Existing evidence suggests that adoptive cellular therapy can be an effective approach for treating viral reactivation following allo HSCT, with a minimal risk of inducing GVHD. The major advantage to the patient is likely to be avoidance of extended periods of therapy with antiviral medications that have significant associated morbidities, and sometimes require inpatient care. A proof of efficacy in the sibling donor setting would strengthen the case for extending the therapy to the unrelated donor setting, where both potential risks and benefits are greater. From a pharmacoeconomic viewpoint, the avoidance of the costs associated with these treatment episodes could offset the costs of adoptive cellular therapy. A number of issues remain unresolved. These include the relative contributions of transferred CD4+ and CD8+ T cell populations (which may have direct relevance to the best approach for selection), the issue of whether adoptive cellular therapy improves outcomes in a randomised setting, and equally importantly, the issue of whether such immunotherapies can be delivered outside of the setting of a few academic institutions on a multicentre basis.

These considerations emphasise the importance of undertaking a randomised phase III study of prophylactic adoptive cellular therapy for CMV following T cell depleted allogeneic HSCT from a sibling donor (CMV~IMPACT). There are multiple methods for T cell depletion available, and differences between them will likely have an effect on immune reconstitution. In order to avoid this confounding influence the study will be restricted to patients receiving alemtuzumab-containing conditioning protocols.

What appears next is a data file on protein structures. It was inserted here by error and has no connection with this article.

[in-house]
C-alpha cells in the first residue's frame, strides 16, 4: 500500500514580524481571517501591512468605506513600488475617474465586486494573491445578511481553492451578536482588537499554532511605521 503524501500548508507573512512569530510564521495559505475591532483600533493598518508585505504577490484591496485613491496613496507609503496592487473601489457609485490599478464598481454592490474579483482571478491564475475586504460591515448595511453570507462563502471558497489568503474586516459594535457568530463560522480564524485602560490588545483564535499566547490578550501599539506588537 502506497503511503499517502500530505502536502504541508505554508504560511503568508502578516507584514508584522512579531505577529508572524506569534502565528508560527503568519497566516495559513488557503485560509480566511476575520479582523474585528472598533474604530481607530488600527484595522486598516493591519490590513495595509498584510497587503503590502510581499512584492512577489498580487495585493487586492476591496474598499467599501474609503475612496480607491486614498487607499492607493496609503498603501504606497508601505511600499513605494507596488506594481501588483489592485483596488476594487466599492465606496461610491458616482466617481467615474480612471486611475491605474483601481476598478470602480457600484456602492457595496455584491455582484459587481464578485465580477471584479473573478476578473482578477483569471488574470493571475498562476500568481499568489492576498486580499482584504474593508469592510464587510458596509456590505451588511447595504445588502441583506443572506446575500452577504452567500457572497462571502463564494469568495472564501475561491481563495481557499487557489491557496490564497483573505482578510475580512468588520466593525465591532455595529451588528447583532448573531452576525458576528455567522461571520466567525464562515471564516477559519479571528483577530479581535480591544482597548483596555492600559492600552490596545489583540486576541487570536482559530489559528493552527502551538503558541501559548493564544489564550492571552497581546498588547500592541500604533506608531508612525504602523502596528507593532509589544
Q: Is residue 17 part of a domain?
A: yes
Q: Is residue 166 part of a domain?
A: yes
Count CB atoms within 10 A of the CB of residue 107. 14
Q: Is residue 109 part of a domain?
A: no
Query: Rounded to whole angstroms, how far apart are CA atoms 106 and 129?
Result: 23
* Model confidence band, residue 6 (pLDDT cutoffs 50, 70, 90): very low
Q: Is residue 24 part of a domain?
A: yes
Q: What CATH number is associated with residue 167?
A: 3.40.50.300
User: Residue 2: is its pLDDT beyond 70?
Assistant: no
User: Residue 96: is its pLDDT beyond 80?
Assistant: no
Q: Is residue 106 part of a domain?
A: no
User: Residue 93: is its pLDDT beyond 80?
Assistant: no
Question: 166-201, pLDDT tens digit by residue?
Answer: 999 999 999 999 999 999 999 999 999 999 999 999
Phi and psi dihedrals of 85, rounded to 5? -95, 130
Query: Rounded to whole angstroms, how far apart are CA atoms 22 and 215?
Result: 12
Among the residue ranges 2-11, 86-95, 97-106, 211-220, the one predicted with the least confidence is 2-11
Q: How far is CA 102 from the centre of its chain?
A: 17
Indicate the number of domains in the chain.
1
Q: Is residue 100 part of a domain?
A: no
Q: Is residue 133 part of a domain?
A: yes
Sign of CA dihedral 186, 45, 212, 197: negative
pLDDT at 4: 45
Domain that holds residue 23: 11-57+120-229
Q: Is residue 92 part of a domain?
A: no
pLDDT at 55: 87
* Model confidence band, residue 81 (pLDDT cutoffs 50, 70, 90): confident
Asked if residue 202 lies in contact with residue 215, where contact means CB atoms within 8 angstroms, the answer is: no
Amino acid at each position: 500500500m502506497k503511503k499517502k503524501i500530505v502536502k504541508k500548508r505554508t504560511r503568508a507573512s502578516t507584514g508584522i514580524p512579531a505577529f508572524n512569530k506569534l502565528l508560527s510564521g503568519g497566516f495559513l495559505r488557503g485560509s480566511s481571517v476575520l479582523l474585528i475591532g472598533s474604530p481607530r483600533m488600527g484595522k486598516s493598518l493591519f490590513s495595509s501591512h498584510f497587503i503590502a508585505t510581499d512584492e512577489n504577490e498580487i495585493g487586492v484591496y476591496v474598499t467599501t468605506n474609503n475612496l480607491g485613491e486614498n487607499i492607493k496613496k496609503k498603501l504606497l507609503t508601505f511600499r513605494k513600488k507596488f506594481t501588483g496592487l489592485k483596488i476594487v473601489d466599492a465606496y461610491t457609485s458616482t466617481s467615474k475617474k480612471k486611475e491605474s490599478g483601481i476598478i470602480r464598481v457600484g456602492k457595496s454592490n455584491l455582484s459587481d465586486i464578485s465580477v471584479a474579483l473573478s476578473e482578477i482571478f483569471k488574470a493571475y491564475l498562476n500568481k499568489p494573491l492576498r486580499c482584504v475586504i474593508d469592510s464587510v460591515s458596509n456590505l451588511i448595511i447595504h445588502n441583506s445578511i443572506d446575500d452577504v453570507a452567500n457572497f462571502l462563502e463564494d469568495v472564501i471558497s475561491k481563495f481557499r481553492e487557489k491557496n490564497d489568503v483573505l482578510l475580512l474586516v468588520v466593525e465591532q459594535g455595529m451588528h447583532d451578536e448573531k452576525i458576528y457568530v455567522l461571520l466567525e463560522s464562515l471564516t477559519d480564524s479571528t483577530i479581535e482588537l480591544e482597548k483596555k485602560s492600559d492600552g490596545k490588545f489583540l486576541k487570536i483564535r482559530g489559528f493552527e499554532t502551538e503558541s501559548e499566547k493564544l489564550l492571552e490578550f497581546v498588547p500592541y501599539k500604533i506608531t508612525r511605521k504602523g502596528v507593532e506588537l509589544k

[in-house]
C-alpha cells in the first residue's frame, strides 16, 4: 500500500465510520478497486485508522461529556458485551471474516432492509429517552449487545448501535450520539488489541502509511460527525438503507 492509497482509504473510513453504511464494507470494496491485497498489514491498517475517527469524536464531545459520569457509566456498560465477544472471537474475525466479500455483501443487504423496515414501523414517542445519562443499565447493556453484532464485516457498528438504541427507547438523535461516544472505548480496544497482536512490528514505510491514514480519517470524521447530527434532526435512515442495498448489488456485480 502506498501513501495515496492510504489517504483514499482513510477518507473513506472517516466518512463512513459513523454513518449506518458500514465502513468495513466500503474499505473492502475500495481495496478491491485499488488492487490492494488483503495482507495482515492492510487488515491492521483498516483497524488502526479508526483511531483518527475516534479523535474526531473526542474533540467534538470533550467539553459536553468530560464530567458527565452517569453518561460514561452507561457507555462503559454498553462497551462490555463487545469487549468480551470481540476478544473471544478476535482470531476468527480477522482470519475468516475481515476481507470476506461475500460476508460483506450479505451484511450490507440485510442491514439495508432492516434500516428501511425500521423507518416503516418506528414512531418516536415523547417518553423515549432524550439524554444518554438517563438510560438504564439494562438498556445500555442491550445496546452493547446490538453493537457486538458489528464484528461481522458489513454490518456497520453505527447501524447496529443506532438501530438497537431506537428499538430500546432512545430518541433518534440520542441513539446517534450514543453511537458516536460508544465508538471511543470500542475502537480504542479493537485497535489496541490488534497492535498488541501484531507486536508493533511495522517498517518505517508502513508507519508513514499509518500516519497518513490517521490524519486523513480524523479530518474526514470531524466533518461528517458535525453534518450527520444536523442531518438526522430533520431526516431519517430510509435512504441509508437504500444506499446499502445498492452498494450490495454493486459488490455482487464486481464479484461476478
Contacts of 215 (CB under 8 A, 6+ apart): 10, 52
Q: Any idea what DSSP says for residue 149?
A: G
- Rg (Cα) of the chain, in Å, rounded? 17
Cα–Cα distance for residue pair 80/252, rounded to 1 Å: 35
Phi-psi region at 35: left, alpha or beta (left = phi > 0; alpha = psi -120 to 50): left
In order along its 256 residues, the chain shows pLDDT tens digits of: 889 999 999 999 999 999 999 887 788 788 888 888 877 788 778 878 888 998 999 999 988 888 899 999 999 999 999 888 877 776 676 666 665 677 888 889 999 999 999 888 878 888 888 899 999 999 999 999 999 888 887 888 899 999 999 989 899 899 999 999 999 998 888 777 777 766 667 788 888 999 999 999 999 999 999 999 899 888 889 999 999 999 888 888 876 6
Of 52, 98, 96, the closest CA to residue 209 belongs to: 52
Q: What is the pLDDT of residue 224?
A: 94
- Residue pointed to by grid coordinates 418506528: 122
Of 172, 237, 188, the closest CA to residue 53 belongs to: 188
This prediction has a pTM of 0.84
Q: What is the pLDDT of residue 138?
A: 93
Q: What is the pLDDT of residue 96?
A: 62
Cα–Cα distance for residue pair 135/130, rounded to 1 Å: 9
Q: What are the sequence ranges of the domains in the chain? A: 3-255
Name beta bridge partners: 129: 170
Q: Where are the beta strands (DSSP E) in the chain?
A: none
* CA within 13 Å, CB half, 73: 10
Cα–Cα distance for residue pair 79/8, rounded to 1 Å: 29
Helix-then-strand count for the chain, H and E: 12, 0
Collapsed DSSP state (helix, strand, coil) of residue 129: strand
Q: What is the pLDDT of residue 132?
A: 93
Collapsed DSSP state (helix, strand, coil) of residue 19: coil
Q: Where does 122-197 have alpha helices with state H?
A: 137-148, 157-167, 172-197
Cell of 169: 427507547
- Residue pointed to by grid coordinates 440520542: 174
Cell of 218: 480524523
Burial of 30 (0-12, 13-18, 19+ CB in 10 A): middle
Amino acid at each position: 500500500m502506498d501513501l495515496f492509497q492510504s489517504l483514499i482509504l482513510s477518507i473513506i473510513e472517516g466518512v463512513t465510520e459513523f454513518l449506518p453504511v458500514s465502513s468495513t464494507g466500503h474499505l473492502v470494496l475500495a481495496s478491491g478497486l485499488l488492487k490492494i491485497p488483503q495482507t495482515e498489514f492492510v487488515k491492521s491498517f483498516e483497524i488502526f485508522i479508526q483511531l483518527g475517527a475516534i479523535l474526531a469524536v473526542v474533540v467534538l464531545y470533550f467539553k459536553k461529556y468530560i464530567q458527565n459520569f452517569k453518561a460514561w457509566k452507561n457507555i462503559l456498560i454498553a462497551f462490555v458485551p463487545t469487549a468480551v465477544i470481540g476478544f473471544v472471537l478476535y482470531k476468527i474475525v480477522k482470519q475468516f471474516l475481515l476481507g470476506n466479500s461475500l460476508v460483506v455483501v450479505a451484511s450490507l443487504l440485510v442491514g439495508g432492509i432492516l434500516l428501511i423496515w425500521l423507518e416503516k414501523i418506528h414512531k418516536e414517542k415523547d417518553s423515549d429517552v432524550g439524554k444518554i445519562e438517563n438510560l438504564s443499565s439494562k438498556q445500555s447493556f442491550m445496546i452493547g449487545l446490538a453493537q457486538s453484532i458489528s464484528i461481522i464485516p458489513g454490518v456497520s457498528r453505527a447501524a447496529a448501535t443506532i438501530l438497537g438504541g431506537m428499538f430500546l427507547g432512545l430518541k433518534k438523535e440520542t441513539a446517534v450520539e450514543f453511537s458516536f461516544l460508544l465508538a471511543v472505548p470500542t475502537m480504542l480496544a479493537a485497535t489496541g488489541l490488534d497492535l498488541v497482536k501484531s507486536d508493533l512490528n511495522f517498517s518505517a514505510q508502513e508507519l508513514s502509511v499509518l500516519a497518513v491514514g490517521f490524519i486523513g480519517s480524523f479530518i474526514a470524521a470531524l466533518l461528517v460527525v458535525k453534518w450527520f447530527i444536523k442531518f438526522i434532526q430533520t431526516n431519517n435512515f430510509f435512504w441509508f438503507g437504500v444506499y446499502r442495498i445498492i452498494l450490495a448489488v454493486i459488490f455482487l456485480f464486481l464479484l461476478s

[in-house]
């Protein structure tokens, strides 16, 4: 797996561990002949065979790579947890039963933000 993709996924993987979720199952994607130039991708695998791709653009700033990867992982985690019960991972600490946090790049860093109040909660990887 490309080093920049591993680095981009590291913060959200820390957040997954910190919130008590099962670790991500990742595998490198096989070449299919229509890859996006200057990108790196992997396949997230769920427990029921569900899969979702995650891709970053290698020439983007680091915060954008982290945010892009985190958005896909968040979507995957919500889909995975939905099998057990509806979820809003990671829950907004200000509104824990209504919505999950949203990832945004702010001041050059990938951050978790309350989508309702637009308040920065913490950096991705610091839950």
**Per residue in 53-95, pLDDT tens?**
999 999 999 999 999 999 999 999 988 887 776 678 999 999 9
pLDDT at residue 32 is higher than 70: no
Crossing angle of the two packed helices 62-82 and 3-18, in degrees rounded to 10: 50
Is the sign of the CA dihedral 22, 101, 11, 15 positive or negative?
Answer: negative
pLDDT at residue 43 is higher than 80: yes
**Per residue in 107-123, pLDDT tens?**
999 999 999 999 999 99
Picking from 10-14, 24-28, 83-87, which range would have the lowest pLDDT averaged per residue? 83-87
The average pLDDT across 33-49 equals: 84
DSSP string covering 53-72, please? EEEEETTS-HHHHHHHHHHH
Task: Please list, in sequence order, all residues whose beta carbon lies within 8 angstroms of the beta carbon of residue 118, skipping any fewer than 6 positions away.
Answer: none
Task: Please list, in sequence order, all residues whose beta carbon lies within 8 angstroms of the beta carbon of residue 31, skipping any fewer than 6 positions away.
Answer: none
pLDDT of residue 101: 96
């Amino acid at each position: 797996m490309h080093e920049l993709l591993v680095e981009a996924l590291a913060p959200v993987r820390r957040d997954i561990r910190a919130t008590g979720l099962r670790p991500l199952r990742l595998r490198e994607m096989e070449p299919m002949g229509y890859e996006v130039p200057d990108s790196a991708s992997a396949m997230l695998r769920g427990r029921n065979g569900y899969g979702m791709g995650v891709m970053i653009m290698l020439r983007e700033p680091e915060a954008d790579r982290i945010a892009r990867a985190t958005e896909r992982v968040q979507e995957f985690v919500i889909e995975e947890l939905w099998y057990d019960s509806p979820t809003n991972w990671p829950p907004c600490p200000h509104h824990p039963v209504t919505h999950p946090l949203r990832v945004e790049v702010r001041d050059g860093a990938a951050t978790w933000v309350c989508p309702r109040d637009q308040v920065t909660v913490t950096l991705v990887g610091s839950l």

In summary, this study is a multicentre, prospective, controlled, open-label 3 arm randomized study comparing 'best-available' standard anti-viral monitoring and therapy alone, with 'best available'anti-viral monitoring and therapy plus prophylactic adoptive cellular therapy (ACT) with cells selected by either the Gamma Catch or Multimer Selection techniques. Patients will be randomised to:

A. Standard best available antiviral drug therapy alone B. Immunoprophylactic (Day 27) ACT prepared using Gamma Catch Selection in combination with standard best available antiviral drug therapy C. Immunoprophylactic (Day 27) ACT prepared using Multimer Selection in combination with standard best available antiviral drug therapy

The study will test the hypothesis that CMV-specific ACT based upon a prescribed T-cell dose/kg recipient body weight, can augment the impaired CMV immune function post-transplant and reduce the number of recurrent reactivations in patients following a primary reactivation event (and thereby reduce the requirement for antiviral drug therapy) without causing an increase in GVHD.

Individual groups will be compared for duration of antiviral therapy and number of reactivation episodes, plus GVHD incidence. Similar analyses will be performed for adoptive cellular therapy versus no therapy (i.e. (B+C) versus A)

  Eligibility

Ages Eligible for Study:   18 Years and older
Genders Eligible for Study:   Both
Accepts Healthy Volunteers:   No
Criteria

Inclusion Criteria:

  • Suitable participants will be selected from patients already scheduled to undergo a T cell depleted sibling donor HSCT. The criteria will include:
  • Age 18 years or older
  • Negative markers of Infectious Disease screen
  • Recipient of allogeneic HSCT (that incorporates T cell depletion with alemtuzumab) who is CMV seropositive with a CMV seropositive sibling donor